And, just like that, President Obama can claim that rarest of things during his seven years as president: A congressional victory.

House Minority Leader Nancy Pelosi's reversal -- she had previously said that the votes were simply not there for Trade Adjustment Assistance (TAA), a program to compensate workers who lose jobs because of trade deals, in the House and had voted against it last week -- essentially ends a standoff between Congress and the White House over the parameters by which Obama can negotiate the Trans Pacific Partnership.

What's fascinating about this fight is that it was congressional Republicans -- Obama's longtime and sworn enemies -- who held firm to push the trade measures over the line. It was an unlikely partnership that shows just how much the president is focused on building pieces of a decidedly scant collection of second-term legacy items.

[The trade deal, explained for people who fall asleep hearing about trade deals]

In the wake of House Democrats' revolt on TAA, which Pelosi didn't lead but signed on to in its final hours, Obama made clear that he was 1) not done pushing for fast-track trade authority (TPA) and 2) he would work with Republicans to make it happen.

This is how the New York Times cast it in the wake of the initial defeat on the House floor:

In an extraordinary twist that perhaps only a lame duck president can relish, President Obama has largely jettisoned his plan to lure House Democrats to get his trade agenda through Congress, and instead is now working closely with Republican leaders.

After weeks of wooing, pleading with and occasionally berating members of his own party in the hope that they would get behind what could be his last major economic policy achievement, Democrats delivered a mortifying defeat to his trade package on the House floor last Friday, sparking a change in strategy.

What came next was a classic bit of power politics with Obama, House Speaker John Boehner and Senate Majority Leader Mitch McConnell pulling the strings. The House GOP decoupled TPA and TAA and passed the trade promotion legislation by itself. That then went to the Senate where, on Tuesday, it got the 60 votes it needed to end debate and force a vote on final passage today -- where it is was easily approved. That will then be followed by a vote on TAA, which will also be approved by the Senate, too.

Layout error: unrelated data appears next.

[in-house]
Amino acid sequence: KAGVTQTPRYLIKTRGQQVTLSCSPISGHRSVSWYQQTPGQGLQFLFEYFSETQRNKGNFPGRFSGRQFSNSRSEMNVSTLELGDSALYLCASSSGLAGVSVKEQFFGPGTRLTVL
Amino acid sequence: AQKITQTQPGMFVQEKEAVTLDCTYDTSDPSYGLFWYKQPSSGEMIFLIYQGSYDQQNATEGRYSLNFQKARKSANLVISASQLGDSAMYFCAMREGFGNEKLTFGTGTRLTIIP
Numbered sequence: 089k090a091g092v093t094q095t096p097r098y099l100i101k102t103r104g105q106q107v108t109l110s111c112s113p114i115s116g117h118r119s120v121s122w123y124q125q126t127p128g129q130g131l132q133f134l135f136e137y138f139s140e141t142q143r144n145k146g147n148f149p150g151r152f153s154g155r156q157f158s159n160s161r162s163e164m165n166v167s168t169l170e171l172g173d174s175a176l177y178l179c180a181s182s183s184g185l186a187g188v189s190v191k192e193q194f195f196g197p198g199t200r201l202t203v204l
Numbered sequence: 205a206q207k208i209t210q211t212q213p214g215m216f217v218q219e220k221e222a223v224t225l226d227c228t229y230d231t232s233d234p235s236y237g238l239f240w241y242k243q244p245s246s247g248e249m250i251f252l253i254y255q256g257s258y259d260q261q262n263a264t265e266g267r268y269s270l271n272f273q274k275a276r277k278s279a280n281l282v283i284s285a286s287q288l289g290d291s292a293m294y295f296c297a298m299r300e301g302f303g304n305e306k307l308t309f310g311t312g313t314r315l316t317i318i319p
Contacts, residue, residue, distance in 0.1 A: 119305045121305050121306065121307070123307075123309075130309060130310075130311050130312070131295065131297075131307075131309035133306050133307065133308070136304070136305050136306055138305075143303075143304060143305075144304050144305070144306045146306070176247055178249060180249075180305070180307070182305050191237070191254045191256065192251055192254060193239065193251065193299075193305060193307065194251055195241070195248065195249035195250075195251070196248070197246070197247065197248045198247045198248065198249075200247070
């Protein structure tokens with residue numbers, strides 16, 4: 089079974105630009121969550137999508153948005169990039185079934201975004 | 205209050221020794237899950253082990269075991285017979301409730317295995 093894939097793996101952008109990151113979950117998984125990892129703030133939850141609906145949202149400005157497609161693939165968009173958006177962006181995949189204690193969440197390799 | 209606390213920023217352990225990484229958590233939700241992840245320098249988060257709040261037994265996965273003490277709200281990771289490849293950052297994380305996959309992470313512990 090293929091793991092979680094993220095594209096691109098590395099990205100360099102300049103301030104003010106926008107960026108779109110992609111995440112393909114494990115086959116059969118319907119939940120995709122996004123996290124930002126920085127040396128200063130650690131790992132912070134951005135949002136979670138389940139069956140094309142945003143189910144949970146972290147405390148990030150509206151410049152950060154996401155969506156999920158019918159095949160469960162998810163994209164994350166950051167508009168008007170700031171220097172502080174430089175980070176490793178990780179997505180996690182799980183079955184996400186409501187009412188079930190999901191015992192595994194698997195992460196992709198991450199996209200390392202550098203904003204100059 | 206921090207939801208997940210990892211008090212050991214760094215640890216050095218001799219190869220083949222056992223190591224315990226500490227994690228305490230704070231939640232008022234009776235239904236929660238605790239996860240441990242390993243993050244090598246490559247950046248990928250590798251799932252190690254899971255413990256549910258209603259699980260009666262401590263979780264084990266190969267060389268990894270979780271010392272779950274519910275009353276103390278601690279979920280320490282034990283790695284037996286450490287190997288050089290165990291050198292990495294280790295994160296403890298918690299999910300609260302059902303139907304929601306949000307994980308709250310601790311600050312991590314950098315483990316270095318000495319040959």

In essence, what Obama and the two congressional leaders did was gamble that if they could get TPA approved separately then there was no way that House Democrats would tank the entire thing by, again, voting against a measure in TAA which they have long supported. That gamble paid off Wednesday when Pelosi acknowledged the obvious -- that TPA and TAA would both pass the House.

While the bedfellows that led to this deal seemed strange indeed, a close reading of what Obama and McConnell said in the wake of the 2014 elections provided some hint that what just transpired was possible.

Here's Obama on Nov. 5, 2014 in his post-election press conference:

But I do think there are going to be areas where we do agree -- on infrastructure, on making sure that we’re boosting American exports. And part of my task then is to reach out to Republicans, make sure that I’m listening to them. I’m looking forward to them putting forward a very specific agenda in terms of what they would like to accomplish. Let’s compare notes in terms of what I’m looking at and what they’re looking at, and let’s get started on those things where we agree. Even if we don’t agree 100 percent, let’s get started on those things where we agree 70, 80, 90 percent.

And here's McConnell from that same time:

We ought to see what areas of agreement there are and see if we can make some progress for the country. I always like to remind people that divided government's not unusual in this country. We've had it frequently -- I think maybe even more often than not since World War II. When the American people choose divided government, I don't think it means they don't want us to do anything. I think it means they want us to look for areas of agreement.

I -- and I think lots of other people -- rolled their eyes at these sentiments, assuming they were empty rhetoric designed to throw a bone to bipartisanship but with no expectation of anything coming off them. After all, McConnell had famously said early in Obama's first term that "the single most important thing we want to achieve is for President Obama to be a one-term president" -- a quote cited time and again by the president during his 2012 campaign. Trust was at historic lows. Obama had decided to end-run Congress via a series of executive orders. Republicans saw the 2014 election as a validation that the American public didn't agree.

Lost in all of that was the fact that Obama was desperately in need of a major second-term accomplishment after watching gun control and immigration reform collapse in Congress. And that McConnell and Boehner were equally desperate to prove that they could govern and not simply obstruct.

Now, there's still plenty that could go wrong. This is not the trade deal itself but rather the parameters by which Obama can negotiate the TPP. But it's a whole hell of a lot further than most people would have thought Obama and Republicans might get on ... well ... anything.

Politics is a strange and totally fascinating business. This trade deal proves it. Again.